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Period 6 Chapter 24 Test

 1. 

What was the principle by which the European powers established their claim to an African territory after the Berlin Conference in 1884 and 1885?
A.
Effective occupation
B.
The white man’s burden
C.
Annexation
D.
Military subjugation
 

 2. 

What was the result of the Berlin Conference of 1884–85?
A.
It set up the terms for the division of most of Africa among European colonial powers.
B.
It set the terms for the division of China into economic zones of influence.
C.
It declared Africa off-limits to colonization.
D.
It established high tariffs to protect German industry.
 
 
Definitions
Select the word or phrase that best matches the definition or example provided. Some terms may be used more than once; others may not be used at all.

Terms
A.
Orientalism
B.
Meiji Restoration
C.
gunboat diplomacy
D.
global mass migration
E.
new imperialism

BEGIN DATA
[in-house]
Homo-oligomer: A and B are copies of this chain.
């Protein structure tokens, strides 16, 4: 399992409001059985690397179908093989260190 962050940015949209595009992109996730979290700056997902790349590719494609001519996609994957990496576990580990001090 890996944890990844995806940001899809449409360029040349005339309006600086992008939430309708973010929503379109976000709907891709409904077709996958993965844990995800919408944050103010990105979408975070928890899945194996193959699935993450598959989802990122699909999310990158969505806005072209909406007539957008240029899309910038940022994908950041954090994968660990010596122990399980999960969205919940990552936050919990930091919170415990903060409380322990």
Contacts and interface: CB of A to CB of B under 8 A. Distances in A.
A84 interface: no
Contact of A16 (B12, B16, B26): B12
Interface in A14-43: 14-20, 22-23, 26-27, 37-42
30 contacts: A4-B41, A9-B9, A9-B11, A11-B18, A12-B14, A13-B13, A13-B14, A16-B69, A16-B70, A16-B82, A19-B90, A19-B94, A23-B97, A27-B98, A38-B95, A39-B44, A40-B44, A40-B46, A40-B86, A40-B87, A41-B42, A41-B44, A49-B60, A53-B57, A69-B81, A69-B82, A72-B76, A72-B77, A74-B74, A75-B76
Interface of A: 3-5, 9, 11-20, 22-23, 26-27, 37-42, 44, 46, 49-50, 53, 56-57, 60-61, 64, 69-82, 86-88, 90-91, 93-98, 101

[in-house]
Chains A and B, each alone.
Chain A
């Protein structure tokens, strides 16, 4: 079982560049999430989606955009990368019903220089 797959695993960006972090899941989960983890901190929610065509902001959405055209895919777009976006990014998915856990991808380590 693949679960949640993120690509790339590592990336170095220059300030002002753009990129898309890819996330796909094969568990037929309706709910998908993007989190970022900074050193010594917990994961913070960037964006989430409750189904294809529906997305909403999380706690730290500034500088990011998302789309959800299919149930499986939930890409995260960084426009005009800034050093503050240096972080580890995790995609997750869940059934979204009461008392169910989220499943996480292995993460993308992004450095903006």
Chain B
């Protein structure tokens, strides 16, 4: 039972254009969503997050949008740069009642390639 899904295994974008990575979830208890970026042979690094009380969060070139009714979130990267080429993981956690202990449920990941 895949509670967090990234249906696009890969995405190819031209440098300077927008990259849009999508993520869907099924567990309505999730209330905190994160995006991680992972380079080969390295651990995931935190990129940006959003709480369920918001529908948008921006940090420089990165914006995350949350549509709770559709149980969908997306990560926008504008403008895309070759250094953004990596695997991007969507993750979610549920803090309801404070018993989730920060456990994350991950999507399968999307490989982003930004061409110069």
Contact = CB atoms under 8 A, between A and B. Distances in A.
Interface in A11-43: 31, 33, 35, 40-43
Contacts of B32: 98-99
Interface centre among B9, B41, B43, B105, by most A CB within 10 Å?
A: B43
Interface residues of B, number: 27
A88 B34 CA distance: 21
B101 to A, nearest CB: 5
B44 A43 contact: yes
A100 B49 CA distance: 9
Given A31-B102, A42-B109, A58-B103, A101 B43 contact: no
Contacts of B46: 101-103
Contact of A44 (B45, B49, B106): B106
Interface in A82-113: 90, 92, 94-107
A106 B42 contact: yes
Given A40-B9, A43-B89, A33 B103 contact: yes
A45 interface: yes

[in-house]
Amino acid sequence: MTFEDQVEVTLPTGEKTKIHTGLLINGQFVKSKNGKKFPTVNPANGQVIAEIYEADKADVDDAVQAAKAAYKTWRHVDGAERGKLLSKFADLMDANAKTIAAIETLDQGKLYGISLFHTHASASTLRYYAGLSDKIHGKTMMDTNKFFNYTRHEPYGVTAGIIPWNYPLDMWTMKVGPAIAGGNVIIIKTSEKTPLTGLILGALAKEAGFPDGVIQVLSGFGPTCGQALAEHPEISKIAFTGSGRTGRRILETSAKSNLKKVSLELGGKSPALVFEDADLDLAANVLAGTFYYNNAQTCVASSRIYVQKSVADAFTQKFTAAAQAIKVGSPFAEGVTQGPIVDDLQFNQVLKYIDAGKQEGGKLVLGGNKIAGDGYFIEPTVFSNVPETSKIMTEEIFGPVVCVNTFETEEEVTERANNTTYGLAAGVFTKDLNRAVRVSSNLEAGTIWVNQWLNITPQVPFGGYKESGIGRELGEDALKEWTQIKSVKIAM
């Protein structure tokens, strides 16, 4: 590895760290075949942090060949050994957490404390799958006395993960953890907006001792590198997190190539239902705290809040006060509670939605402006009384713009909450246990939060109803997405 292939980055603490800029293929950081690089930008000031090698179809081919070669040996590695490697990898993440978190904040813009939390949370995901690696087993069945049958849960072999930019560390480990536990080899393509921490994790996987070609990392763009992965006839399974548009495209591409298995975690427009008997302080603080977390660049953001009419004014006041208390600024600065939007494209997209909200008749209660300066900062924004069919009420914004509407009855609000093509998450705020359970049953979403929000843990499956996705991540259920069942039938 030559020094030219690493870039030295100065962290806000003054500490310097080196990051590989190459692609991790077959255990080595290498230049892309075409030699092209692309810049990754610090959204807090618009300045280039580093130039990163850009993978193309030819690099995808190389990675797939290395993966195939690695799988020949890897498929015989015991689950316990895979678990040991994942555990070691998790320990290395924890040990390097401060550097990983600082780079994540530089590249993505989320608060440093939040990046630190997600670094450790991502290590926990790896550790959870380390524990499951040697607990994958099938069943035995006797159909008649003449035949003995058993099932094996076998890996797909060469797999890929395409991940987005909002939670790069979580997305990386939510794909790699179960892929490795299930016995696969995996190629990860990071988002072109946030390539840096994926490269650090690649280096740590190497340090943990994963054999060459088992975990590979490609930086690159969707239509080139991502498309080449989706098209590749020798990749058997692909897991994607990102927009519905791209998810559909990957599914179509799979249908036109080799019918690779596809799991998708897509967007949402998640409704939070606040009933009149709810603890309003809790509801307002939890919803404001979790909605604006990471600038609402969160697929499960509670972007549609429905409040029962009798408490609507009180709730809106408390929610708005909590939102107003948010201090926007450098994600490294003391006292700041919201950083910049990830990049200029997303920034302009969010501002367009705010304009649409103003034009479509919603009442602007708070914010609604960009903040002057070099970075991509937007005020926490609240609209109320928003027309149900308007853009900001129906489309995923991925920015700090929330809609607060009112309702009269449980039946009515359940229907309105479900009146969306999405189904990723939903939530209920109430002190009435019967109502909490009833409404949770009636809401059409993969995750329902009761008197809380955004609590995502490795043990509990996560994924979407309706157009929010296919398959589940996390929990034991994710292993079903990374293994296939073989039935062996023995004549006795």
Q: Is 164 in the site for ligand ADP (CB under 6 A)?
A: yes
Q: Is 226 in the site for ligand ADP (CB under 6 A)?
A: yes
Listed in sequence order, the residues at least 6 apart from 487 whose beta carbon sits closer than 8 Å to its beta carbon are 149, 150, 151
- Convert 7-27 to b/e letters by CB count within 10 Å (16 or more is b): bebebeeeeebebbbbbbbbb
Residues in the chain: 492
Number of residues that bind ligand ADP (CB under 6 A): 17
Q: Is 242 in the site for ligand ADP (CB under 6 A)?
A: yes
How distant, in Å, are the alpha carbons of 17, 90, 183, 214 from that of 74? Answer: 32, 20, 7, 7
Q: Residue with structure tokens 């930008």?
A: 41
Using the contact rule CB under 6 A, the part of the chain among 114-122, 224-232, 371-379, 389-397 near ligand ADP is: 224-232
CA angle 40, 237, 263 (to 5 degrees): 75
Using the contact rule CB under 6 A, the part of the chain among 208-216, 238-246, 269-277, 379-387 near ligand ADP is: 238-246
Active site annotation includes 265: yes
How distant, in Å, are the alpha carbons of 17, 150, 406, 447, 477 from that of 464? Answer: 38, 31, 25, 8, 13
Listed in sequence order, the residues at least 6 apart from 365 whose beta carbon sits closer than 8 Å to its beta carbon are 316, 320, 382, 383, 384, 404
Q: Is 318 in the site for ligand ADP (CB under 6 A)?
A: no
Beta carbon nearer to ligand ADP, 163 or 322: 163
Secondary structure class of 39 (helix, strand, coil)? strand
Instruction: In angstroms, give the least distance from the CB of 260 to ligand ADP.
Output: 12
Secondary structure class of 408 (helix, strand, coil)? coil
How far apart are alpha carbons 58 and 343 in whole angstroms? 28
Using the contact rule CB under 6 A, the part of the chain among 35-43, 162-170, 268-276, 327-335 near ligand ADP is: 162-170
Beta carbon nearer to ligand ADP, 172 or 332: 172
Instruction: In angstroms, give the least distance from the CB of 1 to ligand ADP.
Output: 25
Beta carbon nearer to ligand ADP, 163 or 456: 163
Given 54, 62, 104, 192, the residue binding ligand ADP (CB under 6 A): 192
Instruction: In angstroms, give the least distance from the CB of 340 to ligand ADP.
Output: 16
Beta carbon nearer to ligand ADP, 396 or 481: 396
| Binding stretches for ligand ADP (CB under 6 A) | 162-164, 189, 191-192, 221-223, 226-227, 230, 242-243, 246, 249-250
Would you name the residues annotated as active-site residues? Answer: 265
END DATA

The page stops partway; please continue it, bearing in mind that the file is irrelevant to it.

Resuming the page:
F.
Afrikaners
G.
Berlin Conference
H.
white man’s burden
I.
Great Rebellion
J.
Opium Wars
K.
nativism
L.
hundred days of reform
M.
neo-Europes
 

 3. 

Two mid-nineteenth-century conflicts between China and Great Britain over the British trade in opium, which was designed to “open” China to European free trade. In defeat, China gave European traders and missionaries increased protection and concessions.
 

 4. 

The mass movement of people from Europe in the nineteenth century; one reason why the West’s impact on the world was so powerful and many-sided.
 

 5. 

The restoration of the Japanese emperor to power in 1867, leading to the subsequent modernization of Japan.
 

 6. 

The idea that Europeans could and should civilize more primitive nonwhite peoples and that imperialism would eventually provide nonwhites with modern achievements and higher standards of living.
 

 7. 

Policies and beliefs, often influenced by nationalism, scientific racism, and mass migration, that give preferential treatment to established inhabitants over immigrants.
 

 8. 

Descendants of the Dutch settlers in the Cape Colony in southern Africa.
 

 9. 

The 1857 and 1858 insurrection by Muslim and Hindu mercenaries in the British army that spread throughout northern and central India before finally being crushed.